What Is Universal Hydrogen?
The startup was founded in 2020 by aviation industry veterans Paul Eremenko, John-Paul Clarke, Jason Chua, and Jon Gordon. Notably, Eremenko has served as the chief technology officer (CTO) of major airline companies Airbus and United Technologies. Before co-founding this business, the entrepreneur also launched two of the industry’s largest hybrid-electric flight demonstrators: E-Fan X and Project 804.
The California company is building a fuel distribution network that connects hydrogen production directly to airplanes using modular capsules. The startup is also developing a conversion kit to help make existing airplanes compatible with its technology. The company has the ambitious goal to get its business off the ground and have its first commercial flights no later than 2025, with operating costs for the planes fitted by the business comparable to conventional hydrogen-burning airplanes.
“Hydrogen today is the only viable fuel for getting to true zero emissions in commercial aviation,” Eremenko, who now serves as the CEO of Universal Hydrogen, said in a statement about the recent funding round. “Our goal is to de-risk the decision for Airbus, Boeing, and COMAC to make their next new airplane in the 2030s a hydrogen-powered one.”
Money and Investors
Prior to this most recent round, the startup secured an undisclosed amount of money from Trucks Venture Capital. With this money, the company scaled up its engineering team to build full-scale gaseous and liquid hydrogen modules, and the business also set goals to test its prototypes.
The startup has since pulled in $20.5 million in a Series A round closed this month. The multi-million dollar funding round for the business was led by early stage investment firm Playground Global. Fortescue Future Industries, Coatue, Global Founders Capital, Plug Power, Airbus Ventures, Toyota AI Ventures, Sojitz Corporation, JetBlue Technology Ventures, and Future Shape all invested in the business as well.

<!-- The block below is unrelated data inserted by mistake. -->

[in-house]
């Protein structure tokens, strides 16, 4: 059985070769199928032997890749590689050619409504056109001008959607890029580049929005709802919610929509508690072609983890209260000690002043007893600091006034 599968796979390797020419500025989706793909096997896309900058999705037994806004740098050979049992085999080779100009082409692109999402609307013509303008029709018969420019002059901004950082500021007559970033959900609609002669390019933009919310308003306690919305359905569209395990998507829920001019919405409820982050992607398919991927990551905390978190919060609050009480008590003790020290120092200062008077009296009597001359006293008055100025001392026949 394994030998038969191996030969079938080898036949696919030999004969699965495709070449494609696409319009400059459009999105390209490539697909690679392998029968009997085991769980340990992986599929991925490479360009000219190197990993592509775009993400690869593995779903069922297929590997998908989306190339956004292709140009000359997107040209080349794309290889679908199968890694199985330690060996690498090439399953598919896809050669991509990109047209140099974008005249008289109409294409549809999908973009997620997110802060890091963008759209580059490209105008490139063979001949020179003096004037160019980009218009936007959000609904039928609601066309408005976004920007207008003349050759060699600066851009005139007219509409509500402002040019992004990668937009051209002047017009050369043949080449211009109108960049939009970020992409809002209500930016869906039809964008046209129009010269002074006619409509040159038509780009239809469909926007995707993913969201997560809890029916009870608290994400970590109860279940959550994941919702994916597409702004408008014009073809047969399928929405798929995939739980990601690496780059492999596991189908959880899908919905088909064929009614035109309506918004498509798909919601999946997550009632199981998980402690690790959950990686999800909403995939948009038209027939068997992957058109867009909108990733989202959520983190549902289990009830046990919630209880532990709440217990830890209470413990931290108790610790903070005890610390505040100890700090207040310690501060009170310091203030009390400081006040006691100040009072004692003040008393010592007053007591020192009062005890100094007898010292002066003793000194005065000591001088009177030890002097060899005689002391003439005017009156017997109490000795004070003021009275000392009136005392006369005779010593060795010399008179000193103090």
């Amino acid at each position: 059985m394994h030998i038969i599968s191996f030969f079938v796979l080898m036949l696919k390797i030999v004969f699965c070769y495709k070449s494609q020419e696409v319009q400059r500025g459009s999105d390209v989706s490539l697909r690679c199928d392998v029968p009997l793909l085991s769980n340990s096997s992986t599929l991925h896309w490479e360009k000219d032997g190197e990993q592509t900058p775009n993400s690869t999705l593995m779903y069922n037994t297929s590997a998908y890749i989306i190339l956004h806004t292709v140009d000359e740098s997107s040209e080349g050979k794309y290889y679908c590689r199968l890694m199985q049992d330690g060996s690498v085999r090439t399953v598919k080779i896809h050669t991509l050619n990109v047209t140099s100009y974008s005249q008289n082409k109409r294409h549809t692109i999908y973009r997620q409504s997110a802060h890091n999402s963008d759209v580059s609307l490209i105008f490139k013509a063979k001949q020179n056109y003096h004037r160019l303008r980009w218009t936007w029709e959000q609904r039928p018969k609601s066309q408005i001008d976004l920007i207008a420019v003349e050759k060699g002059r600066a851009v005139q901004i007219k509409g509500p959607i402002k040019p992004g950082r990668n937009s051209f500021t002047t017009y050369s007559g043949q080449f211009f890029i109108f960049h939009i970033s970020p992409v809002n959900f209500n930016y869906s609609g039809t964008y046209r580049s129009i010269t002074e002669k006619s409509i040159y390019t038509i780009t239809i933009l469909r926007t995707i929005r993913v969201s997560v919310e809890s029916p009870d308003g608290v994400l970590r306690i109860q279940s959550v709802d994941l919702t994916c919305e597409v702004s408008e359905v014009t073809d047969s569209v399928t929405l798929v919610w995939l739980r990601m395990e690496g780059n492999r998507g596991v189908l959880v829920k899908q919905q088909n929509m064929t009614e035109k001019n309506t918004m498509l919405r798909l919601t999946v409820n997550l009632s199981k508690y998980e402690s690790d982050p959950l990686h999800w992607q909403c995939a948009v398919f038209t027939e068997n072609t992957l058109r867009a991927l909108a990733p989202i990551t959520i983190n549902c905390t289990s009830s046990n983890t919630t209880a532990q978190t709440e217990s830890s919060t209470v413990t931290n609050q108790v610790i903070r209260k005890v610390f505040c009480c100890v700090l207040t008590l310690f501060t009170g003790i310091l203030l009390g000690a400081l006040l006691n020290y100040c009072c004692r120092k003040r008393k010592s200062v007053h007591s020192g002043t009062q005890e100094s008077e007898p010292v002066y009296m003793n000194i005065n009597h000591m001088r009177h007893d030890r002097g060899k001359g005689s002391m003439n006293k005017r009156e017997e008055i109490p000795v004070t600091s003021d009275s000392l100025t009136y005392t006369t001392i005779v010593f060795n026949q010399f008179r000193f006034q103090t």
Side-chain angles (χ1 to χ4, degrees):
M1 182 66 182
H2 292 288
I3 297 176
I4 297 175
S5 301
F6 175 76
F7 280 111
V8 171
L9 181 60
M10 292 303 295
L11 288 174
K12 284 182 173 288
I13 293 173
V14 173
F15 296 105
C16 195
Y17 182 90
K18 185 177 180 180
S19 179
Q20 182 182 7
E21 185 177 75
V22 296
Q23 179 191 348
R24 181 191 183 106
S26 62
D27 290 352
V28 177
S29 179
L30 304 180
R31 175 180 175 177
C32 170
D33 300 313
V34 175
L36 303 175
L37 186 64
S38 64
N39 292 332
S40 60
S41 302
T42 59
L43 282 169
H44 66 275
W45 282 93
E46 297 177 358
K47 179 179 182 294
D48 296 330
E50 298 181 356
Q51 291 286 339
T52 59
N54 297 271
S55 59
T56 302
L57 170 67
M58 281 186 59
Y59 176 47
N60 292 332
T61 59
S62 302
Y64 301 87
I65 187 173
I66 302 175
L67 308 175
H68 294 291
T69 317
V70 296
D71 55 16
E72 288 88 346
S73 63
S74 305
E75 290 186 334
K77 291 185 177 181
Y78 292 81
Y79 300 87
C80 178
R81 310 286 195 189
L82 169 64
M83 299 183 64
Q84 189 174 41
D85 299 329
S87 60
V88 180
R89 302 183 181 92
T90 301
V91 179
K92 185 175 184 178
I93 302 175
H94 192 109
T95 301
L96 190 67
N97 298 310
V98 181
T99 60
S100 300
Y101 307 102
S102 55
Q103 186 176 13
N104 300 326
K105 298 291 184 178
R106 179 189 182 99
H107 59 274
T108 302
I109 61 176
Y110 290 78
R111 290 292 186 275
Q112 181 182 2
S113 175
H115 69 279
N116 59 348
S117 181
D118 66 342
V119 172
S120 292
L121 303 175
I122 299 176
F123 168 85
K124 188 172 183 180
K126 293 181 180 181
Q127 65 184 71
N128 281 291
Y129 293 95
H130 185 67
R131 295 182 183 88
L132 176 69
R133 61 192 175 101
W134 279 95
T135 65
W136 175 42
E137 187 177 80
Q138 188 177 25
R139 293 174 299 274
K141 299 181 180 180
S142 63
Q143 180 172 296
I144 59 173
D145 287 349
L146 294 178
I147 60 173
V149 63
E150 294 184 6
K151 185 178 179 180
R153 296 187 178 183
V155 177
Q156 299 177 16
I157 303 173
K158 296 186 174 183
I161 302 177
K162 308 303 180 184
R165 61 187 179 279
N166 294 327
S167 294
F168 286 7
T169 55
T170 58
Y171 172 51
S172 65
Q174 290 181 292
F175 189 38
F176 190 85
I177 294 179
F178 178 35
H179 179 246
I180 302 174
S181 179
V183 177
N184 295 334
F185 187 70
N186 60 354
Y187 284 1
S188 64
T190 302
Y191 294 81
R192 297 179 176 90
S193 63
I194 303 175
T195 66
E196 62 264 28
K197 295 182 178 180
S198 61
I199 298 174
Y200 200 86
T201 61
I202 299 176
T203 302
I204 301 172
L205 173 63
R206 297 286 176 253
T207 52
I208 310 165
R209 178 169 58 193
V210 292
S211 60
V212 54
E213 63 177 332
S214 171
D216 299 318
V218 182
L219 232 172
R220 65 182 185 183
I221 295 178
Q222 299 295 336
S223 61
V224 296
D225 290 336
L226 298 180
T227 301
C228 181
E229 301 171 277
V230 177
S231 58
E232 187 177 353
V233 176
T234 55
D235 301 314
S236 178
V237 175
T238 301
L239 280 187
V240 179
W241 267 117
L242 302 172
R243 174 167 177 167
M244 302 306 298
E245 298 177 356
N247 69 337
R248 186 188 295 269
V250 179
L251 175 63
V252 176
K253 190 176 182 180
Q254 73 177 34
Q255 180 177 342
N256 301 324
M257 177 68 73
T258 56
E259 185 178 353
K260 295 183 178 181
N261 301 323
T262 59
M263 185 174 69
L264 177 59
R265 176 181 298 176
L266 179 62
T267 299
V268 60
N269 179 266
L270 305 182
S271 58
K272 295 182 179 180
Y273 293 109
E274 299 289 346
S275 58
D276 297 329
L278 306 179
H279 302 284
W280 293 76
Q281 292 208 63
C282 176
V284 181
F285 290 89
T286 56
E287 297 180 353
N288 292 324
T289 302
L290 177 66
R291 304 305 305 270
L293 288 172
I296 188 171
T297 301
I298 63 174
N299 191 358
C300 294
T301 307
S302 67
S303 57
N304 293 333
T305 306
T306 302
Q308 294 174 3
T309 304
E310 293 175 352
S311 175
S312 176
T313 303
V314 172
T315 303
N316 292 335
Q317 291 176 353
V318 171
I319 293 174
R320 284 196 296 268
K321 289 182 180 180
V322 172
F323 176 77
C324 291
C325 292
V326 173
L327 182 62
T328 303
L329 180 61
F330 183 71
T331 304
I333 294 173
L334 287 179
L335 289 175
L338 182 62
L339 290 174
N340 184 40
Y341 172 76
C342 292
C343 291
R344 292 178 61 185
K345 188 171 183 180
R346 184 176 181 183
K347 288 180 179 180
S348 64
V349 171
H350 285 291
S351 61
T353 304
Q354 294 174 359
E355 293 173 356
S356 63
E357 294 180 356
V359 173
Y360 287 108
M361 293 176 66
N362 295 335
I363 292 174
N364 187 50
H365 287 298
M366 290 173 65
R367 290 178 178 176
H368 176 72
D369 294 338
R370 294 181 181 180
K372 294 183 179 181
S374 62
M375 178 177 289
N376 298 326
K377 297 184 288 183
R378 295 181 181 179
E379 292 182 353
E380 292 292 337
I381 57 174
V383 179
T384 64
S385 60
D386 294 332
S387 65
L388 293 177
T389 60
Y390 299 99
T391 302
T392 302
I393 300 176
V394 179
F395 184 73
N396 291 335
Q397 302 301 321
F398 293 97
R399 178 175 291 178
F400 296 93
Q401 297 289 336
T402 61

What’s particularly interesting about this funding round is the number of big-name companies involved, including multiple global airline brands. JetBlue, for example, invested in the company to get a “seat at the table in the fast-developing hydrogen for aviation sector,” according to Jim Lockheed, Investment Principal at Jetblue Technology Ventures.
The Future of the Company
This funding will help the startup grow its engineering team to test its products. The business has already secured interest from “multiple airlines to serve as early customers” and said it will begin taking “additional airline orders for its first several years of commercial deliveries.”
Universal Hydrogen isn’t the only business vying to lead the aviation industry’s shift to sustainability. UK-based company ZeroAvia is developing its own fuel cell aircraft and has raised a total of $62 million toward that goal to date. However, this California company has the benefits of a renowned founding team and already established relationships with major airlines, all of which will help it take off when it’s ready to launch.
About the Author
Jemima is a journalist who enjoys reporting on business, particularly small business and entrepreneurship.